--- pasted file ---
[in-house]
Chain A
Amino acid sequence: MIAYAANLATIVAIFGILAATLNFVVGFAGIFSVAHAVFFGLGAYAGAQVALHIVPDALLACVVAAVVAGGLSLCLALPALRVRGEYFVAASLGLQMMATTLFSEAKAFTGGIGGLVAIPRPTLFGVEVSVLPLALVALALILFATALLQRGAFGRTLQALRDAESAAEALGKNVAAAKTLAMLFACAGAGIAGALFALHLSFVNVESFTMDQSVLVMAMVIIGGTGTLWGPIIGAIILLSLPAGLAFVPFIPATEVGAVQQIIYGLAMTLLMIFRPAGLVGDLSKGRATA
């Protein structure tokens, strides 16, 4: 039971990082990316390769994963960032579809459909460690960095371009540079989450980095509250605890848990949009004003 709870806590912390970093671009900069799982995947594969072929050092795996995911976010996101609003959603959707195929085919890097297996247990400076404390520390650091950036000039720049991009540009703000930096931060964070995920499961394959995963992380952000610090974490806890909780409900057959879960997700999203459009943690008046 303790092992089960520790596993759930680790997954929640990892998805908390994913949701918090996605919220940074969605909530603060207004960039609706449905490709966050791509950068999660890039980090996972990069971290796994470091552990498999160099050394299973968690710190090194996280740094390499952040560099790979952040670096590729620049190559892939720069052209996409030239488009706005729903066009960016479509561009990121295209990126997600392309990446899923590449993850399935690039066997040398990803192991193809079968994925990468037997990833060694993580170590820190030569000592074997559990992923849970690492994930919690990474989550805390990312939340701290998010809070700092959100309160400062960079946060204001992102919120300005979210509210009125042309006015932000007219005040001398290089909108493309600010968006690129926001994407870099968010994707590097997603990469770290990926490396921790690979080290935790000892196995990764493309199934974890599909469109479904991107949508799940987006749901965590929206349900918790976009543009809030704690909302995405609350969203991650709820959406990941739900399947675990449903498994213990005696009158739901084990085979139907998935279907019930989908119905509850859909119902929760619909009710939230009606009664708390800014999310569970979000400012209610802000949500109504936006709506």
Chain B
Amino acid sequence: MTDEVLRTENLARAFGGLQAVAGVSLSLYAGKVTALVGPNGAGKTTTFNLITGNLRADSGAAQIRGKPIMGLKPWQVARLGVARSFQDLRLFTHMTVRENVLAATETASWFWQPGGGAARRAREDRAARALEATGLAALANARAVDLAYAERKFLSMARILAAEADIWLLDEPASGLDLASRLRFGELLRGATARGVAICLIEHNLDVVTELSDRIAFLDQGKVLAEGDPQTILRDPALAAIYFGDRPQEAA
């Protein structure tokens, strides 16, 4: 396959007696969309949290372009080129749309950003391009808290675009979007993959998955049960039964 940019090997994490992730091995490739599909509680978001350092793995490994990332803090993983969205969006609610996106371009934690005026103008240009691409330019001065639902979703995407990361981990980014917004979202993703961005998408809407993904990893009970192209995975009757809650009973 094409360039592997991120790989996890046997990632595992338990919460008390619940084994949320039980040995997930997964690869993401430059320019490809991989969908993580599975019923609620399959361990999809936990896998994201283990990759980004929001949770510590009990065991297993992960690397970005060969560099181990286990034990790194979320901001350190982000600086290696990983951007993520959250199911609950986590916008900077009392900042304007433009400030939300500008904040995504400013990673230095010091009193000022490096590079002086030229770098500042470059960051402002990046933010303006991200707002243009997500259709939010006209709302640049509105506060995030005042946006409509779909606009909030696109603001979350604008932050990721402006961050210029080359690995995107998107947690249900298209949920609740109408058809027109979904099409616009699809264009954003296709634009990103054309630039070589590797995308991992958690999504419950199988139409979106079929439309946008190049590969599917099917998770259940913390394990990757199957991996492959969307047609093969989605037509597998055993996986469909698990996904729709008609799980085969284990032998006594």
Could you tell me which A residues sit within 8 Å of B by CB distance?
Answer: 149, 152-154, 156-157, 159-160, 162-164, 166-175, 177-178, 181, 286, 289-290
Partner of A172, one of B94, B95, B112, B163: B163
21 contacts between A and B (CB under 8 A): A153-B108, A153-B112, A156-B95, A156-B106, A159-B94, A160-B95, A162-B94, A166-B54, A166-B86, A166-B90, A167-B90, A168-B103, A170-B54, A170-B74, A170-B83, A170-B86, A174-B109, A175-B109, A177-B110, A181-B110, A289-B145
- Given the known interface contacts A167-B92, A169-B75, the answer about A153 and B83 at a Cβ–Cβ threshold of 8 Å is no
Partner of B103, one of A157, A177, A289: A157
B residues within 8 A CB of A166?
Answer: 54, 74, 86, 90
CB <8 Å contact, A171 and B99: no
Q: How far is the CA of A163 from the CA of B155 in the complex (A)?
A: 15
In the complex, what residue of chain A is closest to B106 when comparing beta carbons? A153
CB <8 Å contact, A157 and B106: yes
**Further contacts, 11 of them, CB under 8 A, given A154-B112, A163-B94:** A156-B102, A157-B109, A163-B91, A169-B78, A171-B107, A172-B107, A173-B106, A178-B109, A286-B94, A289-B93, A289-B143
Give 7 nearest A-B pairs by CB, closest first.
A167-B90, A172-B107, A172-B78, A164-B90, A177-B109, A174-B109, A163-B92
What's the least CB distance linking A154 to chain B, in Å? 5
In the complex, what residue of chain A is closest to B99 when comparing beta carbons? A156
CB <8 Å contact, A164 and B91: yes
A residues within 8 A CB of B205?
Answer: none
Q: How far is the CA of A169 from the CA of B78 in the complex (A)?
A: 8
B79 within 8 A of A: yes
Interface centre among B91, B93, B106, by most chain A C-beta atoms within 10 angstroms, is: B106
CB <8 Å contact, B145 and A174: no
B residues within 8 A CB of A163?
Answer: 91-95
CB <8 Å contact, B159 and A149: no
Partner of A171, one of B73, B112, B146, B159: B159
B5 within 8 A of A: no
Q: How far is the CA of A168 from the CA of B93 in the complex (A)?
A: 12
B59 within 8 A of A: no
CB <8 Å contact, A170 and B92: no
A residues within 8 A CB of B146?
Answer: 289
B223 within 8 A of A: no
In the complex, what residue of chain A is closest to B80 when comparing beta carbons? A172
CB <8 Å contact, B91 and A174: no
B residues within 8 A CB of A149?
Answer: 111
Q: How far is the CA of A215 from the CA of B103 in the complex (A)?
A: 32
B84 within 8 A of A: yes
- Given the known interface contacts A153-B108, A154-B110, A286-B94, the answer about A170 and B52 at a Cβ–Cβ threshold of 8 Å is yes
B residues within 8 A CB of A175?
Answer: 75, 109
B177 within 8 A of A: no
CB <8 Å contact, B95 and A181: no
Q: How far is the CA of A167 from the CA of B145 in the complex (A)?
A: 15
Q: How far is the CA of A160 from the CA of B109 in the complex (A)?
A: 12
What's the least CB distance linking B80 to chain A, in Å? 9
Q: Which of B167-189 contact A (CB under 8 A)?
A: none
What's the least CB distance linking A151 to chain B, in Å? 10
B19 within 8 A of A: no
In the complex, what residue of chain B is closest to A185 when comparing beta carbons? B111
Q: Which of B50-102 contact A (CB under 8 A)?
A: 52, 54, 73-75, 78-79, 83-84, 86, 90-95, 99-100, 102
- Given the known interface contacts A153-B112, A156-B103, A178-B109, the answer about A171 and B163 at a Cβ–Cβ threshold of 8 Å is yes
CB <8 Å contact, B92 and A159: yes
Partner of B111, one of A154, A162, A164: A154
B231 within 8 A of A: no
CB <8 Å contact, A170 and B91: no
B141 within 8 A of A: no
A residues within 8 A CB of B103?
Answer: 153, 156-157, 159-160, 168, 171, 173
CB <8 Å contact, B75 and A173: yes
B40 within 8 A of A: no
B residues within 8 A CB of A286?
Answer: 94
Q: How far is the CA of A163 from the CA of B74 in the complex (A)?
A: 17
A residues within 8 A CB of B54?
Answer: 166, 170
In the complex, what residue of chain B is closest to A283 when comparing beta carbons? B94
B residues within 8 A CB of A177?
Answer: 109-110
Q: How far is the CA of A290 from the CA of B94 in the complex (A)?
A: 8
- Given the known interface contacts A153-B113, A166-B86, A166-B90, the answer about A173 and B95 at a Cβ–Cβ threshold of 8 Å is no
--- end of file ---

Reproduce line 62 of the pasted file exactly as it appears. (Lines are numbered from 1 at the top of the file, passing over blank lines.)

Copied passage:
What's the least CB distance linking B80 to chain A, in Å? 9